Rabbi Jonathan Wittenberg
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Everybody loves beautiful trees. In Jewish tradition today is the New Year for Trees. Wherever Jewish people live, especially in Israel, it’s a day of planting and celebrating trees.
‘All felled, felled’, wrote Gerald Manley Hopkins, mourning his beloved Binsey Poplars:
…Not spared, not one
That dandled a sandalled
Shadow that swam or sank
On meadow and river, and wind-wandering weed-winding bank.
Since then, how many trees have been cut down to make way for cities, roads and fields.
Yet there’s also been a change of consciousness, a growing awareness, both scientific and spiritual, that we need trees. They are our allies in absorbing the carbons we emit, though they can never be the sole solution to our excess. Forests, hedgerows and gardens are the homes of hundreds and thousands of fellow species. Without trees there would be no dawn chorus and of all the birdsong at dusk there would remain only an occasional plaintive cry.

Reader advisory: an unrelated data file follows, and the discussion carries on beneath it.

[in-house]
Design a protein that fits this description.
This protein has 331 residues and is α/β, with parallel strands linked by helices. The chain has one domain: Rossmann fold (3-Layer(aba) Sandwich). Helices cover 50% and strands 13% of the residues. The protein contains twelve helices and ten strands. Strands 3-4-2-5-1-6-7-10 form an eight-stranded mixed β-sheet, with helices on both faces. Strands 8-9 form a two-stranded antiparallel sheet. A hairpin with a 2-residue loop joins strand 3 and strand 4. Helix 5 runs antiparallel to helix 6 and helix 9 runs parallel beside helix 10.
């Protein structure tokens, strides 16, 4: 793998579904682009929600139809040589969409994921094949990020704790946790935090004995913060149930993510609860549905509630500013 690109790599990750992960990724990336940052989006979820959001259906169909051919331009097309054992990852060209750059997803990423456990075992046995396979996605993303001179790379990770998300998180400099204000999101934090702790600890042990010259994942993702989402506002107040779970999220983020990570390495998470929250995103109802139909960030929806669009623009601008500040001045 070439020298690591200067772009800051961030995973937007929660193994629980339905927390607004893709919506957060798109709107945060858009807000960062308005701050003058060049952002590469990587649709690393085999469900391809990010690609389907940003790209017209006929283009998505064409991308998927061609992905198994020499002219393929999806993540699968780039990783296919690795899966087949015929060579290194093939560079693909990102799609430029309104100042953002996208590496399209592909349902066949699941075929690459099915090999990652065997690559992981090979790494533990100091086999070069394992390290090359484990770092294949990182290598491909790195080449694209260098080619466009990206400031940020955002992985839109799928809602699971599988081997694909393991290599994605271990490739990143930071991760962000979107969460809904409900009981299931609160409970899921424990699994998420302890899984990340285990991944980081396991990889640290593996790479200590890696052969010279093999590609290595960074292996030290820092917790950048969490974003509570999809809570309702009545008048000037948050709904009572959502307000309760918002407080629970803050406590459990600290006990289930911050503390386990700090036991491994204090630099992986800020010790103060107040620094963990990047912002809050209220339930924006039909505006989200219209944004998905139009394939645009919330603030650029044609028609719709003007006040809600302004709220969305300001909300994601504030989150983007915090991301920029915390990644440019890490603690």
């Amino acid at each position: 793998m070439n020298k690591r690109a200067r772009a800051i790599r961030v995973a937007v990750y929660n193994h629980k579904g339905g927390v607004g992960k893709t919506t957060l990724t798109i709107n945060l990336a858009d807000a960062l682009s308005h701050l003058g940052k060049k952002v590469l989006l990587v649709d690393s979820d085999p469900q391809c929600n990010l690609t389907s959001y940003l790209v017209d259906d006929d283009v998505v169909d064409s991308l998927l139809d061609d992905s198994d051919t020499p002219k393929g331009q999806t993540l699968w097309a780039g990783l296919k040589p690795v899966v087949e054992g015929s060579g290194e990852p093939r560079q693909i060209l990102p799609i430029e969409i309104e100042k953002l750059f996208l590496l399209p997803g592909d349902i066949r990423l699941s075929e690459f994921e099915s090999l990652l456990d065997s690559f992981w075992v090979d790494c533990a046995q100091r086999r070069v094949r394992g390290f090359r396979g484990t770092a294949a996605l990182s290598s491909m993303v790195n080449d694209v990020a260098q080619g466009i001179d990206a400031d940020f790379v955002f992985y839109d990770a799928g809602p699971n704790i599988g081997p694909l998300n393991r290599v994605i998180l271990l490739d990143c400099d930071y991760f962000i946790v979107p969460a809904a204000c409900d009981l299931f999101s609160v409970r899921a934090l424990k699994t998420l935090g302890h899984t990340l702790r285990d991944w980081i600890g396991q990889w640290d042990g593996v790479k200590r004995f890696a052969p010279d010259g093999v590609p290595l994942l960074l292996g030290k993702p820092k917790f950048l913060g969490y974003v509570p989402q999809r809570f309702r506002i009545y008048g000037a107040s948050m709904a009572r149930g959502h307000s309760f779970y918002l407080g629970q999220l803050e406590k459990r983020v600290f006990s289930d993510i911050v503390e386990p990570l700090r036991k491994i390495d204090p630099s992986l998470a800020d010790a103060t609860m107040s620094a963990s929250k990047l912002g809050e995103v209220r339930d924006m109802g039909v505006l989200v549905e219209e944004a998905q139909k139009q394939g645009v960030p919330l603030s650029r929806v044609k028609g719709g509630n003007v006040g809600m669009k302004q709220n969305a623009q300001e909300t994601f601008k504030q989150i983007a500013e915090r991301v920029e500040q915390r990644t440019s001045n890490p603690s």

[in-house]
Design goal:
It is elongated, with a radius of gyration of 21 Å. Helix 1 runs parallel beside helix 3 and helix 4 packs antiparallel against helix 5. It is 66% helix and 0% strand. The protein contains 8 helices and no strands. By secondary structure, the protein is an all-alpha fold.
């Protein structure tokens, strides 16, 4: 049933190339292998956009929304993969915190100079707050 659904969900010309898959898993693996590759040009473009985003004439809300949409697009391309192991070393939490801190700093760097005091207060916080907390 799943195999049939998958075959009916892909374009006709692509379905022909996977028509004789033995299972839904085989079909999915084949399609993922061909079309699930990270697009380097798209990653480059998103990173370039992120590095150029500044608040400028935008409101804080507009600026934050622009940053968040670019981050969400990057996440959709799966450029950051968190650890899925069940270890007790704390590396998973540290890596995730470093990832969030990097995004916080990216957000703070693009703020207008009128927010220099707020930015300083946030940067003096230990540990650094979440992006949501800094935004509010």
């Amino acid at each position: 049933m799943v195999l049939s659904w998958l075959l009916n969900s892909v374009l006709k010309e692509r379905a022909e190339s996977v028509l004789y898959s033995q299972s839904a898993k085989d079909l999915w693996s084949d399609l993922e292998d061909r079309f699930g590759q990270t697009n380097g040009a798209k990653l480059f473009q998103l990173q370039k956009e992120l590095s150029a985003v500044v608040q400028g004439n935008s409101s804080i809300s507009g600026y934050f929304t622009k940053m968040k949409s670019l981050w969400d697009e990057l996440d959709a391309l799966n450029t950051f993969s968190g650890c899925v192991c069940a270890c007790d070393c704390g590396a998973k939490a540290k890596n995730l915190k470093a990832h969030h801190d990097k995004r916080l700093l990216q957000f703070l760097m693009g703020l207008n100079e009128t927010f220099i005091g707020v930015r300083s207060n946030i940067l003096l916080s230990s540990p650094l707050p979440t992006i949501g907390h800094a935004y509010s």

Everyone has a favourite tree. At last I hope so, for trees are friends of the soul. To live without nearby trees is a form of deprivation, a further reason why community woodlands and inner-city parks are such a wonderful resource.
‘I walked round the corner to my tree’, said my friend, who was very ill. ‘I looked at it; I listened to it, and somehow I felt whole.’
In Greece and Rome, groves and orchards were sacred to the gods. Judaism speaks of The Tree of Life, through which God’s spirit, like the vital sap, supports all life.
God, help us to remember to look after the trees, so that the trees look after us.